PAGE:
Previously experiments have been carried out using bacteria, for instance the mating behavior of fruit flies which was manipulated by using bacteria, in another instance when mice were implanted with pro-biotics, they showed lower levels of stress. Virginia Tech scientists took inspirations from these real world experiments for creating the mathematical models of robots that run on bacterial brain.
In his model, Ruder coupled and computationally simulated the mathematical equations which described the three elements that is, engineered gene circuits in E. coli, microfluid bioreactors, and robot movement. Thus, Ruder highlighted the unique decision making behavior of the robot with bacterial brain.
During the mathematical experiment, depending upon what they ate, the bacteria would turn green or red thus displaying their ‘Genetic regulatory circuits’ or the ‘transcriptional regulatory circuits’. The bacteria-robot model was equipped with sensors and a miniature microscope with with it would measure the color of the bacteria which would in turn guide the robotic model in regards to the direction it needs to travel and at what speed based on the color and its intensity.
During the experiment, the robot which was placed in a virtual environment started hunting for lactose and other nutrients. The robot was being directed by the bacteria towards more food and it was seen that the robot paused and immediately “pounced” upon the food. This indicated that the robot was behaving like an animal and not a robot! The worst thing was its behavior resembled to that of a ‘predator’ rather than a normal animal.
Ruder’s mathematical experiment proves that such kind of bio-synthetic studies can be carried out with minimal amount of funds, thus it is good news for all future endeavors.
The mathematical modeling of Genetic regulatory circuits of E.coli has received funds from the Air Force Office of Scientific Research. Further, the study has also been provided funds by the Virginia Tech Student Engineers’ Council to develop these models and then get them into the classroom as actual teaching tools.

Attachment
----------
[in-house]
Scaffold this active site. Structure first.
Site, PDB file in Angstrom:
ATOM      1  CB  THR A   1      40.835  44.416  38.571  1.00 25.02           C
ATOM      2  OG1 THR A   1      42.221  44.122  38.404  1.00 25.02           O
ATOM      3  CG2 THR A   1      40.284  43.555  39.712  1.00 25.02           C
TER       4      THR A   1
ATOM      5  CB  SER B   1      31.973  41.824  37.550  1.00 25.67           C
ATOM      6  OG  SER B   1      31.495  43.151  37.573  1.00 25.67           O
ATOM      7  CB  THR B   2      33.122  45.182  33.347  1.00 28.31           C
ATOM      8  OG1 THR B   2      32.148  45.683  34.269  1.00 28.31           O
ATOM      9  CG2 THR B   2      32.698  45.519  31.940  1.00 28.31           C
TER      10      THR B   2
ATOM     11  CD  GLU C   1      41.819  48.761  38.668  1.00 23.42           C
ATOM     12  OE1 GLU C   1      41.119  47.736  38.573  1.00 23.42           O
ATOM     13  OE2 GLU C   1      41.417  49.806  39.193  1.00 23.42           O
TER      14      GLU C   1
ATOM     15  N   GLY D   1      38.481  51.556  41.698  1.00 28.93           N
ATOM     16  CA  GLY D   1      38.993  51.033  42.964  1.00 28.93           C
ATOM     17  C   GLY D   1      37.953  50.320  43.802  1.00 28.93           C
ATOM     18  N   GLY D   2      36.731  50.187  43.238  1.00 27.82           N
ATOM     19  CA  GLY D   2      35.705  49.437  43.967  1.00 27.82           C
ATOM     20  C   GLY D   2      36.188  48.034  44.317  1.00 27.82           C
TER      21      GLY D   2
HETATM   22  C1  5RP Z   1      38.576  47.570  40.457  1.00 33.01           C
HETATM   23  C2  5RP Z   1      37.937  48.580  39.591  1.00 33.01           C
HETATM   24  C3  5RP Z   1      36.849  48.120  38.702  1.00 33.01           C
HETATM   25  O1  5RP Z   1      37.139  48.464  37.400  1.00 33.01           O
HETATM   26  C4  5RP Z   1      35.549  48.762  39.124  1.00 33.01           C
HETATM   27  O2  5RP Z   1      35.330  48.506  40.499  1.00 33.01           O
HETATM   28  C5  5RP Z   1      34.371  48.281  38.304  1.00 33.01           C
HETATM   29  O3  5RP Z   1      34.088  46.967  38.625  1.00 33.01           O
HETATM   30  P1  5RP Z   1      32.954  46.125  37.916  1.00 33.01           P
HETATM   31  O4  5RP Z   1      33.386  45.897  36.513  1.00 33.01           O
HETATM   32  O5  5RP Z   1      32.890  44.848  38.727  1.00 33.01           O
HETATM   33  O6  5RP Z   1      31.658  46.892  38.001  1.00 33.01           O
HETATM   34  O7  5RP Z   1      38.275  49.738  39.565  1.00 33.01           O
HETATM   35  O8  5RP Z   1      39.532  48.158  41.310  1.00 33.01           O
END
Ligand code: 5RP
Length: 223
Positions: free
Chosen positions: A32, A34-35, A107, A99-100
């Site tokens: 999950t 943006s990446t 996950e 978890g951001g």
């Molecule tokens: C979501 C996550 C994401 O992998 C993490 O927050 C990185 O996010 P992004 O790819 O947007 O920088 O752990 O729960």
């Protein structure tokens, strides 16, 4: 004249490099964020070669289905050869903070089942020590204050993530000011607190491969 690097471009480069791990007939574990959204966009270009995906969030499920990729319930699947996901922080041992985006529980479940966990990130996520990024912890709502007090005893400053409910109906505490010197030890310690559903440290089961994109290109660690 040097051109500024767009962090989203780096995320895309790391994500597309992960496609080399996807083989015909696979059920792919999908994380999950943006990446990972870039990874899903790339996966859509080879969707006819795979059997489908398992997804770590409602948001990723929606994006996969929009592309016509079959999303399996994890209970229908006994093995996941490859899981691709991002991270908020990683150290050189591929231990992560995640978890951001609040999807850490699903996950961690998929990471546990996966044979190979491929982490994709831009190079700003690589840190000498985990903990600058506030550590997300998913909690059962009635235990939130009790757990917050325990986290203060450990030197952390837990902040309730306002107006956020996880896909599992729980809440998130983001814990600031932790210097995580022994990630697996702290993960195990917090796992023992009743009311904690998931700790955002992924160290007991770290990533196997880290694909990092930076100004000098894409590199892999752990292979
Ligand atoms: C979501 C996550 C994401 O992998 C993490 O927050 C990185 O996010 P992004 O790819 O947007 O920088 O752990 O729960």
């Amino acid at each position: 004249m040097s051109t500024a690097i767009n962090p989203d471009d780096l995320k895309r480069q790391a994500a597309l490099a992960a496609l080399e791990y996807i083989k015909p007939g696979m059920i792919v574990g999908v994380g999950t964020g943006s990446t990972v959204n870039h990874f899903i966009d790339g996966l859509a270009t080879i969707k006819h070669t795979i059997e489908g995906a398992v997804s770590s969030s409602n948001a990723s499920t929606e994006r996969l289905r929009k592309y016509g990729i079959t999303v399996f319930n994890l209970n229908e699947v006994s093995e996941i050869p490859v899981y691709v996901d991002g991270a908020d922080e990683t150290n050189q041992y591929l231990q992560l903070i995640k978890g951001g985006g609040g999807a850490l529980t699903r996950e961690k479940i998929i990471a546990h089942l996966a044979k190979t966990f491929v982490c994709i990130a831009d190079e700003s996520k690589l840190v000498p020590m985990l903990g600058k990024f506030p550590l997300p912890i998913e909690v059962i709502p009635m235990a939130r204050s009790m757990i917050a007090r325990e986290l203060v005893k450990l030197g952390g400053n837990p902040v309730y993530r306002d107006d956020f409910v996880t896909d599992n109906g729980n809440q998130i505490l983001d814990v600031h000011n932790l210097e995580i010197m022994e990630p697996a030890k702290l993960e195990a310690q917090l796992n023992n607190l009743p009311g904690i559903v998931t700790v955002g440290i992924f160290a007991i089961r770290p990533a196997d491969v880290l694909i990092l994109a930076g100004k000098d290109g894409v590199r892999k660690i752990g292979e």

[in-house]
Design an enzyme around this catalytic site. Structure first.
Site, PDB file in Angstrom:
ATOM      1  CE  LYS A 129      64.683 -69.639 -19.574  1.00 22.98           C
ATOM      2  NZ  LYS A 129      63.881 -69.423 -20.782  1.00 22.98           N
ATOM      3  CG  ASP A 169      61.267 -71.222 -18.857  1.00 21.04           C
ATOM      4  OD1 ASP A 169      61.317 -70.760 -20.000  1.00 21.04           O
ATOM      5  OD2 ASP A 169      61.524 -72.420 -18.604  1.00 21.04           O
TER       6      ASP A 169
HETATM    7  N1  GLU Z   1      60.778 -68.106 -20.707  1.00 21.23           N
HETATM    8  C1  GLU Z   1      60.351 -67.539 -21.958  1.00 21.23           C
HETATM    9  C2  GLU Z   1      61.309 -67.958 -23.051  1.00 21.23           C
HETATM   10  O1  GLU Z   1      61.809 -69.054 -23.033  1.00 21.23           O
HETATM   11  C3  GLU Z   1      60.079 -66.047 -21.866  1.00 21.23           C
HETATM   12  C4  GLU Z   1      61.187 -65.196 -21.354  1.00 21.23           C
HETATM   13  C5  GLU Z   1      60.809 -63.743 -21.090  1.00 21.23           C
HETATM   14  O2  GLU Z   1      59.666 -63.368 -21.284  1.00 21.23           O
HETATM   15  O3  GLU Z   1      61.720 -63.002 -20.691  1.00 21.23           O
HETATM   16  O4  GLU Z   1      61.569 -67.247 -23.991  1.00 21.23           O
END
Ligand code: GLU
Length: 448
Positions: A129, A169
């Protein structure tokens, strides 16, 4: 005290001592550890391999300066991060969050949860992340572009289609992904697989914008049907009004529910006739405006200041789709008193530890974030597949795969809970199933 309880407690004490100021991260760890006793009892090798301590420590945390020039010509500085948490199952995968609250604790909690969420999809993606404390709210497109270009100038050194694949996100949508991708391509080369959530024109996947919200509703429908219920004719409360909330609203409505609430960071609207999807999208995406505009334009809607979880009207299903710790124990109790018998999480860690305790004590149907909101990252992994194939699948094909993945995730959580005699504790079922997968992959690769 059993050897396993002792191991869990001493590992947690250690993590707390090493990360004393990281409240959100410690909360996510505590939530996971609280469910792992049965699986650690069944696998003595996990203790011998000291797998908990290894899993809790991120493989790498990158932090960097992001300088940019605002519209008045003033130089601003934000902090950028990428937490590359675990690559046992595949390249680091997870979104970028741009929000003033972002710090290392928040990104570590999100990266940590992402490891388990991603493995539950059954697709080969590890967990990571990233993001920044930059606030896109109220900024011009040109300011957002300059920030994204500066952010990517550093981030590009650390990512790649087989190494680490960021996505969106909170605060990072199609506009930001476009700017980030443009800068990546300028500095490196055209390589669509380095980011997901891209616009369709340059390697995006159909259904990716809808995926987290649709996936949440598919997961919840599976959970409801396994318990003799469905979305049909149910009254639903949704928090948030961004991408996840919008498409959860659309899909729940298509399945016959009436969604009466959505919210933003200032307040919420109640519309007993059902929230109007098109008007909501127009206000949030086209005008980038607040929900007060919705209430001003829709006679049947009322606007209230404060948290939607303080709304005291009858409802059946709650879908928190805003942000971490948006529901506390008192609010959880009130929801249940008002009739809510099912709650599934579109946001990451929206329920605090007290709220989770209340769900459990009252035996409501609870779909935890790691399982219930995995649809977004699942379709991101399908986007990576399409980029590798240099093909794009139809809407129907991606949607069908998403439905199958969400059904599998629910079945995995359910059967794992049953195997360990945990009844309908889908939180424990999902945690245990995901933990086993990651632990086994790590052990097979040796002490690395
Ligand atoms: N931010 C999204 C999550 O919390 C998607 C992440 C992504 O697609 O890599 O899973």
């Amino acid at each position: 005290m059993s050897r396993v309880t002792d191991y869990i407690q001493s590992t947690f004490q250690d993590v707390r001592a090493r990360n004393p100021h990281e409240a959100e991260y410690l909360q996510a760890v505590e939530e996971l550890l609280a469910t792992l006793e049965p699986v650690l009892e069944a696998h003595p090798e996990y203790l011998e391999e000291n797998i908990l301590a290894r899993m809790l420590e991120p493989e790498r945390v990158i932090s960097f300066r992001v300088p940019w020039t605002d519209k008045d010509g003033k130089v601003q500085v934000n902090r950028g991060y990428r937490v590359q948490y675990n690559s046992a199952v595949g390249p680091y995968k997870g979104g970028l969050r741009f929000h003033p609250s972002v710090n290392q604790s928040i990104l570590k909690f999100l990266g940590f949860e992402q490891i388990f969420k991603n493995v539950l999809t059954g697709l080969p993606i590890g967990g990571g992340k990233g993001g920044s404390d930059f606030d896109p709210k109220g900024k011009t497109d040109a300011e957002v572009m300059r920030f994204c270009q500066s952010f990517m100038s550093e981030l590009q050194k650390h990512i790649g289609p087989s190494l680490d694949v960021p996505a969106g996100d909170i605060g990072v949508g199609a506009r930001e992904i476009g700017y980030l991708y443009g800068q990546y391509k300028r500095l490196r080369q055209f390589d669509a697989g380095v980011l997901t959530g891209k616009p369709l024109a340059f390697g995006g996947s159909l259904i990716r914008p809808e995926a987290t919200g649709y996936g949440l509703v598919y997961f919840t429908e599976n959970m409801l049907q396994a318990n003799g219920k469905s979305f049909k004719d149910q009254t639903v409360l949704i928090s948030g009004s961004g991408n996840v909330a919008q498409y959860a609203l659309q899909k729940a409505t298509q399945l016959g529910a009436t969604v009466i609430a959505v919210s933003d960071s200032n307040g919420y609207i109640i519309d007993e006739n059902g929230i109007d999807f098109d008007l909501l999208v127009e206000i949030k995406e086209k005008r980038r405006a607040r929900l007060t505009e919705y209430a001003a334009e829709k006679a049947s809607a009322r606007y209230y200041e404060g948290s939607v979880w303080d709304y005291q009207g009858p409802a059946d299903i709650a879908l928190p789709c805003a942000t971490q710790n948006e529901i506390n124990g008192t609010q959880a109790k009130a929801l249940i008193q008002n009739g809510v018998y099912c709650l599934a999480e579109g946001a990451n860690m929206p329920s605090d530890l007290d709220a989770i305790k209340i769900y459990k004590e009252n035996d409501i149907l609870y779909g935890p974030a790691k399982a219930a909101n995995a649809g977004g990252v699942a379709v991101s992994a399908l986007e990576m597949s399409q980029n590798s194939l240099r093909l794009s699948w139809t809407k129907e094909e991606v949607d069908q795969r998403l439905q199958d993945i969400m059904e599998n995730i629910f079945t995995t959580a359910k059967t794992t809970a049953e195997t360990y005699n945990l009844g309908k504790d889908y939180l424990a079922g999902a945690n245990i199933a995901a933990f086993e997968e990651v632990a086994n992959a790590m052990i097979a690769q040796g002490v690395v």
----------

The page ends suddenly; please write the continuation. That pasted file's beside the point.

In his research study, Ruder was helped by Keith Heyde, a biomedical engineering doctoral student and also a student of phyto-engineering for biofuel synthesis.
Ruder thus said: “We hope to help democratize the field of synthetic biology for students and researchers all over the world with this model. In the future, rudimentary robots and E. coli that are already commonly used separately in classrooms could be linked with this model to teach students from elementary school through Ph.D.-level about bacterial relationships with other organisms.”
The entire purpose of the study was mainly to understand the impact of bacteria on mental illness and in turn create a bacterial medicine to combat these disorders either by killing the bacteria that is causing the trouble or by replacing the missing bacteria which in turn was responsible for the disorder. Anyways, the bacteria would be used to help humans stay healthy.
Interestingly when the entire world is worried about Artificial Intelligence controlling humans, this study is much more scary because it proves that these tiny ubiquitous microorganisms have the potential to control the AIs.